A University of Arizona study on Type 2 diabetes could completely alter the way the disease is treated by fighting it a different way.
While nearly every treatment addresses the complications caused by Type 2 diabetes, namely the dangerously high levels of glucose in the bloodstream, these scientists’ findings indicate the disease could be fought at its source: the way the liver communicates with the rest of the body.
Benjamin Renquist, an associate professor at the UA and principal investigator for this study, said he essentially stumbled upon the discovery by accident while conducting a study to determine a correlation between hunger and fat buildup in the liver.
“That’s kind of science all the time,” Renquist said. “It’s very rarely a straight road, so you just have to be willing to take the turn when you find it.”
People are also reading…
The key to these new findings is a neurotransmitter — a signal in the body that sends information to the brain — produced in the liver and known as GABA, short for gamma aminobutyric acid.
“We know there’s a nerve that runs from the liver to the brain,” Renquist said. “And we showed that if we cut that nerve, we improved insulin sensitivity in obese mice.”
The team of researchers discovered that GABA, when produced in high quantities due to fat buildup in the liver, may be behind the insulin resistance that characterizes Type 2 diabetes and causes the high blood glucose levels, he said.
Inhibiting GABA production, release or its communication with the brain would then prevent the development of an insulin resistance, said Caroline Geisler, who worked on the study as a UA animal studies doctorate student up until her graduation in 2019.
According to Renquist, Geisler realized inhibiting GABA production would be different from other Type 2 diabetes treatments in that it would address the root of the problem, not just symptoms.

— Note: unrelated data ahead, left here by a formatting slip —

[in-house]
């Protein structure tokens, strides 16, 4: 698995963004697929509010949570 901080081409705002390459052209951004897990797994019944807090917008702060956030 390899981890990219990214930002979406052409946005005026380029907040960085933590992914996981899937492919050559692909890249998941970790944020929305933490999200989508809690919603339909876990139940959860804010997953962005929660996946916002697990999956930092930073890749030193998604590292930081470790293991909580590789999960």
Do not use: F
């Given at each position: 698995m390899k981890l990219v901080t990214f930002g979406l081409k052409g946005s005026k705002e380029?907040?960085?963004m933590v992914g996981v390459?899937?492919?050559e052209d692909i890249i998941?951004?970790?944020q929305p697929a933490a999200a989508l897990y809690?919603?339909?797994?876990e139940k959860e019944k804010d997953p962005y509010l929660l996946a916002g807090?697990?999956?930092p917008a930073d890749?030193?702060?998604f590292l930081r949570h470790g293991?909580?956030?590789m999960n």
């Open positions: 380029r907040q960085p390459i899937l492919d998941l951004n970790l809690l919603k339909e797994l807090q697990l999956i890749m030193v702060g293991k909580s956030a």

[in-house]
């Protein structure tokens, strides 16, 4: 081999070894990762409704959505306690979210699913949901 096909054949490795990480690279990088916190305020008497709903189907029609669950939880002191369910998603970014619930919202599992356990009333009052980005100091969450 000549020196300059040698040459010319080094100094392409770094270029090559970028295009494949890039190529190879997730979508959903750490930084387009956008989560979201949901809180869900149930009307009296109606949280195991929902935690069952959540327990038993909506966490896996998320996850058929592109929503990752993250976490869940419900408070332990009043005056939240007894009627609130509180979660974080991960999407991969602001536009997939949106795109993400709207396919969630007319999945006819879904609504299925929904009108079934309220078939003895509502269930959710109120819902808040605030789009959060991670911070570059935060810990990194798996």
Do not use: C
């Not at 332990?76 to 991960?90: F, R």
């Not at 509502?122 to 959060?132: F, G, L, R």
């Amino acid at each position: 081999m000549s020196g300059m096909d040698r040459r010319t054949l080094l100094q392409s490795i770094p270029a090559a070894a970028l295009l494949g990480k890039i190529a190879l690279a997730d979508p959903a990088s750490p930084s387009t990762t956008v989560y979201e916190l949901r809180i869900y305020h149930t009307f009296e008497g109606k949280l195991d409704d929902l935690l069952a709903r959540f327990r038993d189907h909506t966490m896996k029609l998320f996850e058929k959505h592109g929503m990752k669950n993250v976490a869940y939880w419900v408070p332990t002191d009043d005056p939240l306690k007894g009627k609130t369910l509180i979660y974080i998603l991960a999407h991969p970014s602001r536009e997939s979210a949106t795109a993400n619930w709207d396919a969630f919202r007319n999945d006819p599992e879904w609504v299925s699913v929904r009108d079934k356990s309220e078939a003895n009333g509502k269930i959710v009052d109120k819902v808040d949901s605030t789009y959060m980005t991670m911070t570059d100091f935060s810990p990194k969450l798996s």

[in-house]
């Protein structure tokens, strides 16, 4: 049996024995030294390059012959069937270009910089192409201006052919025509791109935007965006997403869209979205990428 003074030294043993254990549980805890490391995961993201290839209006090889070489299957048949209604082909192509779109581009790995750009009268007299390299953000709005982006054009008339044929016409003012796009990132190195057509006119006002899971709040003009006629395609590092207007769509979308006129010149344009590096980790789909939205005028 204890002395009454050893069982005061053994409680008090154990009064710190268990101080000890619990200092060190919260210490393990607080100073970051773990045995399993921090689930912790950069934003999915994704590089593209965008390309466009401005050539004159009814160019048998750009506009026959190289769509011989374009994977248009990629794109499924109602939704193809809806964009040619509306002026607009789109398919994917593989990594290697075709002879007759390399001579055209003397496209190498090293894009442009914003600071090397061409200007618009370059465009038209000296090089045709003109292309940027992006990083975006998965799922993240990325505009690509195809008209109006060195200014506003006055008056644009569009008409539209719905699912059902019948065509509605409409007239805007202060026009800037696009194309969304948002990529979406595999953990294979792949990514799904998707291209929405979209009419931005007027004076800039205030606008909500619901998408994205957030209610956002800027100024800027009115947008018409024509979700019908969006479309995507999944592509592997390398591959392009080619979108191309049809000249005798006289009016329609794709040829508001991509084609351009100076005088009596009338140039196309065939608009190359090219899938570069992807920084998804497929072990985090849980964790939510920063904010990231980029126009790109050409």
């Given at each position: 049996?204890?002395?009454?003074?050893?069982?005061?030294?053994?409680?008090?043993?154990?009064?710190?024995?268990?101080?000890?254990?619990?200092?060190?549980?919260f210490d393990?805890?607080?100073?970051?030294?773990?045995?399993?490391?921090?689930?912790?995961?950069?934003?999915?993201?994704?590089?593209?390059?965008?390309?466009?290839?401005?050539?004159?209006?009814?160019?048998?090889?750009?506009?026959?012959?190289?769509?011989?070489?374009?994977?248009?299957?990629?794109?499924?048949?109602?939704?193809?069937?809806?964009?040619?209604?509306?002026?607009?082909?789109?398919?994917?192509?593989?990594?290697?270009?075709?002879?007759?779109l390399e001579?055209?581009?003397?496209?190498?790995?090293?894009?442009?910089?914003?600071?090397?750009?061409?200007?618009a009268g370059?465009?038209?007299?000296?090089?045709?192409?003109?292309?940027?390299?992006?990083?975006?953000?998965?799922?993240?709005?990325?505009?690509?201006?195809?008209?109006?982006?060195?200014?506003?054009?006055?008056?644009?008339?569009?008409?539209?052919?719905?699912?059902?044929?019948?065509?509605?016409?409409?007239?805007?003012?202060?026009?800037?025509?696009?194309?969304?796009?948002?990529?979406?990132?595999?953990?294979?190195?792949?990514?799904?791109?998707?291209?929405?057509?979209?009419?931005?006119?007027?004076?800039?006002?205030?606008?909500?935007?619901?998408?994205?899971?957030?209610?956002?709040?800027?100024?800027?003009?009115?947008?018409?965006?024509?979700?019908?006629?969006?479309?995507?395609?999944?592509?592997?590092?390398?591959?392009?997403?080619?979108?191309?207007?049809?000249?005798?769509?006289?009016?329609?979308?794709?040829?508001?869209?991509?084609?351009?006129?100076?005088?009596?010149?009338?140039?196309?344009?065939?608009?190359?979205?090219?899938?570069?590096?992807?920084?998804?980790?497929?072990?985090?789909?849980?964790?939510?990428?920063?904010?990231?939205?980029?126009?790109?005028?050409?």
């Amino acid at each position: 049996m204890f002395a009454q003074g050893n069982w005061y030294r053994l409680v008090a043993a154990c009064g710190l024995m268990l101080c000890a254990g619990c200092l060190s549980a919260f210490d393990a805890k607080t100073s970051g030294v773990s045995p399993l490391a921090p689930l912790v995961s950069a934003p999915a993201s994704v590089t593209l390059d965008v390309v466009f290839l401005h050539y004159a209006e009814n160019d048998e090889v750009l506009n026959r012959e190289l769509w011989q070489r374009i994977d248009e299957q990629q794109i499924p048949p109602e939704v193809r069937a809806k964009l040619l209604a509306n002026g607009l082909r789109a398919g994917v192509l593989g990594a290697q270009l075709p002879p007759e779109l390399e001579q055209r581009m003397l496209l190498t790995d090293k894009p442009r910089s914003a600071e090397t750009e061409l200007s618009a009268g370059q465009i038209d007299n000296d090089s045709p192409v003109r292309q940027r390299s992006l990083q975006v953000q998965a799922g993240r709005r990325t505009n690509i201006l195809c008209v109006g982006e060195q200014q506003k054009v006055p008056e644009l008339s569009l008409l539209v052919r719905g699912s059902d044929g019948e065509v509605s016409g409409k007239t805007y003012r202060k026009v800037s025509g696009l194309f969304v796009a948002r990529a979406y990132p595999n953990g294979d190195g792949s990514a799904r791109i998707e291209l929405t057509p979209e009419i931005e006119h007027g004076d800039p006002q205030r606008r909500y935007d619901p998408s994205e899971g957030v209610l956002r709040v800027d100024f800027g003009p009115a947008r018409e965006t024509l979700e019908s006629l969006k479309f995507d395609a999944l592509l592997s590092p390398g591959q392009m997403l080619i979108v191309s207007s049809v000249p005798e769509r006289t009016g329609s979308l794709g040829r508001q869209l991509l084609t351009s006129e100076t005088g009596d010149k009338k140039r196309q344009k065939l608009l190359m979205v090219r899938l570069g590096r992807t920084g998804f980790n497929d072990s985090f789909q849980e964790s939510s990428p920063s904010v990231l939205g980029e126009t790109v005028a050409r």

The study also showed promising results for weight loss.
“We’re causing weight loss because we’ve identified the (hunger) signal produced by the liver that tells the rest of the body you’re in an energy deficit state,” Renquist said.
While there are already GABA-inhibiting drugs available, they are primarily meant to treat epilepsy, meaning they affect the brain, and wouldn’t be suitable for use in patients with diabetes, he said.
“We are developing inhibitors that won’t cross into the brain and are specific for the peripheral tissues, specifically the liver,” Renquist said.
One undergraduate researcher involved in the study, Jason Kronenfeld, tested thousands of compounds on their ability to inhibit the release of GABA, compounds that could eventually be used in drugs designed to treat Type 2 diabetes.
Kronenfeld, who worked on various projects with the team throughout his undergraduate career until he graduated this spring, summarized his results in his honors thesis.
He said he identified 71 compounds that inhibited GABA production, which he then narrowed to four that will now go through further testing funded by Tech Launch Arizona.
Type 2 diabetes is linked to obesity, which causes a buildup of fat in the liver. Beyond causing high blood sugar, diabetes is also the leading cause of amputations in the U.S. and is associated with higher risks of developing cancer.
With almost 30% of Arizonans being obese, 10% being diabetic and 9% prediabetic, according to the Arizona Department of Health Services, Type 2 diabetes is a problem very close to home.
“All of us have family members who have struggled with body-weight regulation and preventing obesity, or friends that have that same issue, and so I think every Arizonan could be touched by a novel therapeutic,” Renquist said.
While a drug harnessing these research findings won’t be immediately available, Renquist said in the best-case scenario, GABA inhibitors designed for diabetes patients could be available within five to seven years.